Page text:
Haze over Ottawa lifts as thunderstorm pushes smoky air out
Weather warnings and alerts for Ottawa have now officially ended following a thunderstorm that moved across the region. The cold front behind the storm also helped to push out the smoky, hazy air from wildfires in northwestern Ontario that had settled over the city.
A line of severe thunderstorms brought heavy rainfall and strong wind gusts. A severe thunderstorm warning for Ottawa ended at around 4:45 p.m. Tuesday and the severe thunderstorm watch was lifted at around 6:30 p.m.
Warning preparedness meteorologist with Environment Canada Peter Kimbell tells CTV News Ottawa that while the storms were powerful, there was no reported tornado activity.
"We do not have a tornado warning out on it. I know we've heard about possible activity in the Kemptville area but we did not issue a tornado warning. The signature on radar really did not support that this afternoon," he said.
Kimbell said the Ottawa airport recorded wind gusts of up to 65 km/h and about 20 mm of rainfall.
"Some areas would have had more than that. By the time it's over, some areas will have picked up 30 or maybe 35 millimetres of rain. Some areas will also have seen stronger gusts locally in this particular line of thunderstorms."
Images of uprooted trees, hail and damge to homes were shared online late Tuesday.
@BlacksWeather This is what 3/4”hail sounds like hitting the car in Winchester just after 4:00 pm. Had to wait in car until storm passed. Lots of shredded leaves. I imagine some crop damage to corn and soy beans. pic.twitter.com/8qjYSuaEJP— James Wilson (@wilsonjamesb) July 20, 2021
Damage from hail just east of Hallville (near Winchester) at around 4:00 pm. Crops destroyed. The green sticks are soybeans and corn and the chipped bark was caused by hail. pic.twitter.com/rYlnrgSblT
July 20, 2021
A statement about air quality due to wildfire smoke was first issued Monday evening. Environment Canada lifted it at around 6:30 p.m. Tuesday.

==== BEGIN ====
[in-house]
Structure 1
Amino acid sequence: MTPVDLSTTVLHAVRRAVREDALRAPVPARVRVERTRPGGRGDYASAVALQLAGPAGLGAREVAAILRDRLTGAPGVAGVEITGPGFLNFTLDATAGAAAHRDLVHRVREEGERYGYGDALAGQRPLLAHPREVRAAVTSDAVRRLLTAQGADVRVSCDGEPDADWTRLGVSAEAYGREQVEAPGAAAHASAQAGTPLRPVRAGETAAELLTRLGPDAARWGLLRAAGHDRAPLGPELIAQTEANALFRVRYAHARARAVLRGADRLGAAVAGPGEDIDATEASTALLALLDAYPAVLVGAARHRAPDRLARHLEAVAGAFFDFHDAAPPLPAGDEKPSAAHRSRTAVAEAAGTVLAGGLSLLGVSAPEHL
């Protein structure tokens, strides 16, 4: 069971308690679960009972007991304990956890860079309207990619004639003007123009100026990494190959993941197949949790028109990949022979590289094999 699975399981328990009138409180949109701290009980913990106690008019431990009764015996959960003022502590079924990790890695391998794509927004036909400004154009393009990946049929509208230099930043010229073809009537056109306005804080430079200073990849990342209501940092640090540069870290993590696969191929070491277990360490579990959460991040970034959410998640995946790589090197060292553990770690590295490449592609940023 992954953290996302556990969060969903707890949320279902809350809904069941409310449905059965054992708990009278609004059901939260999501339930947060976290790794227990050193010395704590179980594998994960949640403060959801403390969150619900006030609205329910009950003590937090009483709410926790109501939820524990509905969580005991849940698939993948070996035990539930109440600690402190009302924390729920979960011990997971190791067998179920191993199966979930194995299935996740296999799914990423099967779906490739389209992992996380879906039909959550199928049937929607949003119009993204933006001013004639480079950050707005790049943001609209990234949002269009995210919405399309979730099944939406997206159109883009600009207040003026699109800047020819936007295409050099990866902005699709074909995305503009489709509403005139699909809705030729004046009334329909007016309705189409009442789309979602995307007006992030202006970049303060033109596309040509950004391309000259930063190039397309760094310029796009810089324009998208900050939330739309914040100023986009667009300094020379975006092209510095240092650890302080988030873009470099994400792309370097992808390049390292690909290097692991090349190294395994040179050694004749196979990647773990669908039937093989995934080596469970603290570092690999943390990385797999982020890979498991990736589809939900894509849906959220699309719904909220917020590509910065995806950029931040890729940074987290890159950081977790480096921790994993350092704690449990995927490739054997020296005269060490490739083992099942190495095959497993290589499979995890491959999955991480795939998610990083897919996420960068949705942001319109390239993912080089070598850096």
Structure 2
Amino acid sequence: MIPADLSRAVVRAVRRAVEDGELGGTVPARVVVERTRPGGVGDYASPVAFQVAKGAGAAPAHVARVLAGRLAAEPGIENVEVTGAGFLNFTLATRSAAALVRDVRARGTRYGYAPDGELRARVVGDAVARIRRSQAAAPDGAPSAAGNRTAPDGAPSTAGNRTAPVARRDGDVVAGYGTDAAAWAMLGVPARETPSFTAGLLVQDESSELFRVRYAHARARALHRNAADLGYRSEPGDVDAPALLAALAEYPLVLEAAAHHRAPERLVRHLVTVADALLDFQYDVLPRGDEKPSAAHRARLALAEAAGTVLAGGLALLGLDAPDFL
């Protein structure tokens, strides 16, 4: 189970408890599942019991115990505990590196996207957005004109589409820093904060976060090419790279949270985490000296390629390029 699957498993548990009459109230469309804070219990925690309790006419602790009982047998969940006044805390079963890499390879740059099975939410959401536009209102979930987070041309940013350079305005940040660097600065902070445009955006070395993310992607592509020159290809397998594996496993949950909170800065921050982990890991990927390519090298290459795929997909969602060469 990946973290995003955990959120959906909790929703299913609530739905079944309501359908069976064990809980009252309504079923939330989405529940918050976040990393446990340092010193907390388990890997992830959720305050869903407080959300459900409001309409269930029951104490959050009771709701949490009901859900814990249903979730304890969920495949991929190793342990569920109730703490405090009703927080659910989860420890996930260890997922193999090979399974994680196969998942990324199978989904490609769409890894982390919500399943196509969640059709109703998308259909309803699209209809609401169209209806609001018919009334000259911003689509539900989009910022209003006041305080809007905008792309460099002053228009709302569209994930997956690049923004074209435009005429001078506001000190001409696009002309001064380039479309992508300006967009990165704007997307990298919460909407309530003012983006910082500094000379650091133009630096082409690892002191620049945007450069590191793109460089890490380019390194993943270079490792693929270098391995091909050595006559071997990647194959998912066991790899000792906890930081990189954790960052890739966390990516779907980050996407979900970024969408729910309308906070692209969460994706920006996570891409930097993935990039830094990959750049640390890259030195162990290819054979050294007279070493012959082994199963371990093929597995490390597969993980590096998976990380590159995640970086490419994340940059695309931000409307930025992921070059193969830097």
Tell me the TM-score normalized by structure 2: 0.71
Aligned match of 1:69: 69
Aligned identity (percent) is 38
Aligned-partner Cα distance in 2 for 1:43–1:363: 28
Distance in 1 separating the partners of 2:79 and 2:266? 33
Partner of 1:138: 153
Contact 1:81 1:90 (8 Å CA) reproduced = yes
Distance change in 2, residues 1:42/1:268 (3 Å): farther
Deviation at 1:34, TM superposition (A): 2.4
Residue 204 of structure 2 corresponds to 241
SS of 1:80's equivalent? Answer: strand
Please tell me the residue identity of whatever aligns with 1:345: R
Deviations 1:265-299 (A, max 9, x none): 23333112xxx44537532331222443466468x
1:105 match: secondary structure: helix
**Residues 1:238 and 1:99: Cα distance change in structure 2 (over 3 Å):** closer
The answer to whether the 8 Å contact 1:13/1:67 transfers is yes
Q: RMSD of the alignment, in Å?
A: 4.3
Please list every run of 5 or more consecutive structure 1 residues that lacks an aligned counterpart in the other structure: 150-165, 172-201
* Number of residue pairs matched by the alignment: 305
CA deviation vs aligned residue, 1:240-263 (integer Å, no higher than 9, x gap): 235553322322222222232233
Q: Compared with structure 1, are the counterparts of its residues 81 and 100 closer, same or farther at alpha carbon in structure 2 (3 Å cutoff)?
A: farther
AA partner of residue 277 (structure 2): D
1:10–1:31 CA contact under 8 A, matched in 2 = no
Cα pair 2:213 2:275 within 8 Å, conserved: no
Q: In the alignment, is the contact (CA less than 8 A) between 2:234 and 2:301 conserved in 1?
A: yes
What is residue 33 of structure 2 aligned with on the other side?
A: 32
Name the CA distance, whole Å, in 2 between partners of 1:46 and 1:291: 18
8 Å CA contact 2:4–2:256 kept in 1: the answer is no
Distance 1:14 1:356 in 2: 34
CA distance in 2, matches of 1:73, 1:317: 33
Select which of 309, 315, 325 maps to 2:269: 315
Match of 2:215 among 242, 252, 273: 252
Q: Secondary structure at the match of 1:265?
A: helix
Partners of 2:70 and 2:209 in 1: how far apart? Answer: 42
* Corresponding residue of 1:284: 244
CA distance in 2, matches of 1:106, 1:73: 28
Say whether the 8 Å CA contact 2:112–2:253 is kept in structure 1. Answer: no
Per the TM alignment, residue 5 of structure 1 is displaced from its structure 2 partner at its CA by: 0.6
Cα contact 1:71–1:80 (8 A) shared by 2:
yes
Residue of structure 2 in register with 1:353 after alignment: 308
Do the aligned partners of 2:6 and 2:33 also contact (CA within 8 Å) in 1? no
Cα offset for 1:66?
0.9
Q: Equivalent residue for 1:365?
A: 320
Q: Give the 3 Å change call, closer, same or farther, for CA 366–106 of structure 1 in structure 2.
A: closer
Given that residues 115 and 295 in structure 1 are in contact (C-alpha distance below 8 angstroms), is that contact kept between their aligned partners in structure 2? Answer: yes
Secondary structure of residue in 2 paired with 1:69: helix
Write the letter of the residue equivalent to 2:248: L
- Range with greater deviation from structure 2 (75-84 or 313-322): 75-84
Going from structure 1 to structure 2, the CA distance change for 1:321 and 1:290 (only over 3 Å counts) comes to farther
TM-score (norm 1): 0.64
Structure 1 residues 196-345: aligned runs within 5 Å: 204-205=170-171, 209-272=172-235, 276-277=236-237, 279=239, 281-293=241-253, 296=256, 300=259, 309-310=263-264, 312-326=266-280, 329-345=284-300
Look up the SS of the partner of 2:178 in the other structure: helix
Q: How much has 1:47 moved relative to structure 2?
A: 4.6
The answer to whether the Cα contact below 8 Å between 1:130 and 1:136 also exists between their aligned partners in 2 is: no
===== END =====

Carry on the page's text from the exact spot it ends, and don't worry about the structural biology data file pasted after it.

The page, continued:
"We have a cold front moving through pushing out all of that air and it should be much more normal tomorrow," Kimbell said.
The smoke lingered for much of Tuesday afternoon, but not enough to stop Robin Stong from heading outdoors for her daily exercise.
“It’s a little disconcerting. It’s supposed to be soot and stuff, so I’m a little concerned about it,” says Stong, adding that wearing a mask has helped. “I’m just taking it slower and not trying to exert too much so I’m not heavy breathing.”
Along the Rideau River, near the Chapman Mills Conservation Area, there was a haze hovering over the waterway. Katherine Birrell, her son William, and friend Meredith Ball continued with their plan to paddle board, despite the conditions.
“It doesn’t feel so smoggy when you’re out on the water,” says Birrell. “It felt fine. I wasn’t working too hard; it was a leisurely paddle.”
For Ball, the smoke is a reminder that her son Logan, a forest ranger, is fighting some of those Ontario wildfires.
“He’s about two hours north of Thunder Bay in Armstrong,” says Ball who spoke to her son on Monday before he was transported by helicopter to another blaze. “Some of the ones they fought have been pretty small and some of them have been much much bigger.”
A smog warning for Gatineau has also ended.
--With files from CTV Ottawa's Megan Shaw and Tyler Fleming.